Random Notes

Sparrow: Distributed, Low Latency Scheduling



Sparrow is a new scheduler that uses a decentralized, random sampling approach to provide dramatically higher throughput than the current scheduler, while also providing scheduling delays of less than 10ms and fast scheduler failover. Sparrow does not require any communication between schedulers.


The motivation behind this paper is the trend that modern data analytic systems are running ever shorter and higher-fanout jobs[1]. As a result, scheduling decisions must be made at very high throughput.[2] Thus, the existing centralized scheduler cannot meet our requirements.
First, we need to understand what are the design goals. To support a workload composed of sub-second[3] tasks, a scheduler must:
1.Low latency: Provide millisecond-scale scheduling delay
2.High Throughput: Support millions of task scheduling decisions
3.Fault tolerant: It needs to recover from failures quickly
4.Ensure Scheduling quality: For example we might wish to distribute the tasks uniformly
The existing centralized scheduler can provide quality placement since they maintain a complete view of which tasks are running on which worker machines, but they do not meet other requirements. Sparrow adopts the decentralized approach, in which many schedulers run in parallel, and they are stateless.[4][7]. Sparrow models each worker as a queue, the worker will run some number of tasks at a time, and if it is assign more tasks, it will add the remaining tasks to the queue
Sparrow uses a technique called batch sampling, instead of naive per-task sampling[9]. It can improve the per-task sampling because it allows all probes for a particular job to share information. To schedule using batch sampling, a scheduler randomly selects dm worker machines. (where d>=1 and m is the number of tasks within a job), and schedule the m tasks to the m least loaded workers.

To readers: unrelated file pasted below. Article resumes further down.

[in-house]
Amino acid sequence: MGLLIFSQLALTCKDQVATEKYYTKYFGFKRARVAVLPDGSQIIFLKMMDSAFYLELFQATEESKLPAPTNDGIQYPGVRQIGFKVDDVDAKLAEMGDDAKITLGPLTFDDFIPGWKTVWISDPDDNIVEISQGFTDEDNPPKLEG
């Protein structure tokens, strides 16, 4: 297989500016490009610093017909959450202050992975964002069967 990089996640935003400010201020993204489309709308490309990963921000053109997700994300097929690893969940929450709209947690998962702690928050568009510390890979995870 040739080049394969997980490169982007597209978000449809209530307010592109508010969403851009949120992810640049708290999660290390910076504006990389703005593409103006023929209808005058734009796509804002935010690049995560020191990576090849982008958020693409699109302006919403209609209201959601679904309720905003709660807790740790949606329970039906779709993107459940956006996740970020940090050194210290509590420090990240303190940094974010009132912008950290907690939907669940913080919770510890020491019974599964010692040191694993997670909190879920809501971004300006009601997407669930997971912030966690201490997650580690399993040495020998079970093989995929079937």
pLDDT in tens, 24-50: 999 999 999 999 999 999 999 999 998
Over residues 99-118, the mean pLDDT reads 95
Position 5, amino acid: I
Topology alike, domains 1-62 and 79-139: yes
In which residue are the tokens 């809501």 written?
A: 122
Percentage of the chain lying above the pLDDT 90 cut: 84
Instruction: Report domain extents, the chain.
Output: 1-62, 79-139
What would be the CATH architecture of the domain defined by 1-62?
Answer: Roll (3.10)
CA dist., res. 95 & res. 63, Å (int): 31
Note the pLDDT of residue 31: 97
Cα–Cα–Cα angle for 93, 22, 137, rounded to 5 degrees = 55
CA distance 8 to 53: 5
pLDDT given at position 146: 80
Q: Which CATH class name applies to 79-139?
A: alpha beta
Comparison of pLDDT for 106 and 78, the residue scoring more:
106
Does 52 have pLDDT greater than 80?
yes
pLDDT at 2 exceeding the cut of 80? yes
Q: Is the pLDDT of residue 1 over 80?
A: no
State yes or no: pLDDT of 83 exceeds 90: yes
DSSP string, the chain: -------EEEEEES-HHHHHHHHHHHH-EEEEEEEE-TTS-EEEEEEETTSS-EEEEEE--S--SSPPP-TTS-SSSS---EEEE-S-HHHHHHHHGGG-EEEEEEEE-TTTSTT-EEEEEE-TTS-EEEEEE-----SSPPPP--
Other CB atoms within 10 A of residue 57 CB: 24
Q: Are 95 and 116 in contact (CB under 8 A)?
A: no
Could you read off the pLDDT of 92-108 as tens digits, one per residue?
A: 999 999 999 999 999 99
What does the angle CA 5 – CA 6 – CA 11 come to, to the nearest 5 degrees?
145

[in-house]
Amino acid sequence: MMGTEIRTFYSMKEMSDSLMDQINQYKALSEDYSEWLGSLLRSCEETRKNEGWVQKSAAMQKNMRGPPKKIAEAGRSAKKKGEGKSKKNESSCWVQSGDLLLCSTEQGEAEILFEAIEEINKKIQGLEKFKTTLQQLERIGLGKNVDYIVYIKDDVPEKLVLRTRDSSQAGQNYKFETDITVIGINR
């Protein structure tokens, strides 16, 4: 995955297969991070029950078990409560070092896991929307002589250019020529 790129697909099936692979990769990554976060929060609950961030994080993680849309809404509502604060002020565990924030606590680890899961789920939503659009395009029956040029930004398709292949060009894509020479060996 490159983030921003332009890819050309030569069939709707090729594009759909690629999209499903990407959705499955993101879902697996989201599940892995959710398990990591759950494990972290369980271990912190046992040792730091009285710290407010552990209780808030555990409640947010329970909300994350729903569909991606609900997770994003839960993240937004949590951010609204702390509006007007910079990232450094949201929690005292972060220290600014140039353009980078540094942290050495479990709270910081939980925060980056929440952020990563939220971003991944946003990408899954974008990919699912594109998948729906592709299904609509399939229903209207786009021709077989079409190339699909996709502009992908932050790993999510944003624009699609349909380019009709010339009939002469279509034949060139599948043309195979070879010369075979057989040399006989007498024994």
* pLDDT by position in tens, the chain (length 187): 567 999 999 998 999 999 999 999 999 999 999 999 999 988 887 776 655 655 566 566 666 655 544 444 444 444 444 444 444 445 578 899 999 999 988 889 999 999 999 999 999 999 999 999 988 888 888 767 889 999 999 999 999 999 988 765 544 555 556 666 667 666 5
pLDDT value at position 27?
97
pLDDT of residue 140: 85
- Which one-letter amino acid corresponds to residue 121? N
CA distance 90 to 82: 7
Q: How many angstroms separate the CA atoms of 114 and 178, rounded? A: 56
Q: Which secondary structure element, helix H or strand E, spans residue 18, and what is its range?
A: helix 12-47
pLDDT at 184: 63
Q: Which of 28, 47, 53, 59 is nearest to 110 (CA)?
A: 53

We might argue that queue length is a poor indicator of the wait time. Consider a scenario in which node A has one 500ms task, but node b has five 10ms tasks. In addition, sampling suffers from race conditions since we have many schedulers. They might concurrently place tasks on the lightly loaded worker. To address these problems, Sparrow uses a technique called late binding. Instead of replying to the probes immediately after receiving it, the worker will treat the probes as tasks and place them into the queue. Thus, the previous method becomes "the scheduler assigns the job's tasks to the first m workers to reply."


This paper is extremely well written as they explain their approaches very clear. As shown in[10], centralized scheduler will become the performance bottleneck and its scheduling quality degraded/scheduling overhead increased as the number of machines in the cluster and concurrent jobs continued to grow.
I really like the late bind idea as it solves two problems at once. However, the authors make some strong assumptions. They assume the latency is zero, which is right within a data center, but the latency across data centers may be O(100ms), making Sparrow not a good fit for geo-distributed data analytics. They also assume jobs are single wave, but in real-world jobs might run as multiple waves of tasks.[8]
Lastly, Sparrow's sampling mechanism schedule tasks on machines with the shortest queue, but it does not consider for other factors which may affect the completion time, such as data locality.
[1] Higher degree of parallelism
[2] For example, in the paper, the authors claim that a cluster containing ten thousand 16-core machines and running 100ms tasks may require 1 million scheduling decisions per second.
[3] The authors predict that the tasks are going to be shorter and shorter.
[4] Some terminology: A cluster composed of worker machines, each has a fixed number of slots, and schedules. A job consists of many tasks. If the worker is currently fully utilized, it will queue new tasks until resources become available again.
[5] A naive approach is to do per-task sampling by using the power of two choices. The scheduler places each task on the least loaded of two randomly selected worker machines. Note that the scheduler must first send a probe to the two randomly selected workers.
[7] They might share the information across tasks when possible, but Sparrow does not require any communication between schedulers.
[8] Multi-wave means the number of tasks in a job or stage is greater than the number of available slots.
[9] The power of two choices technique proposes a simple improvement over purely random assignment of tasks to worker machines: place each task on the least loaded of two randomly selected worker machines.
[10] Apollo: scalable and coordinated scheduling for cloud-scale computing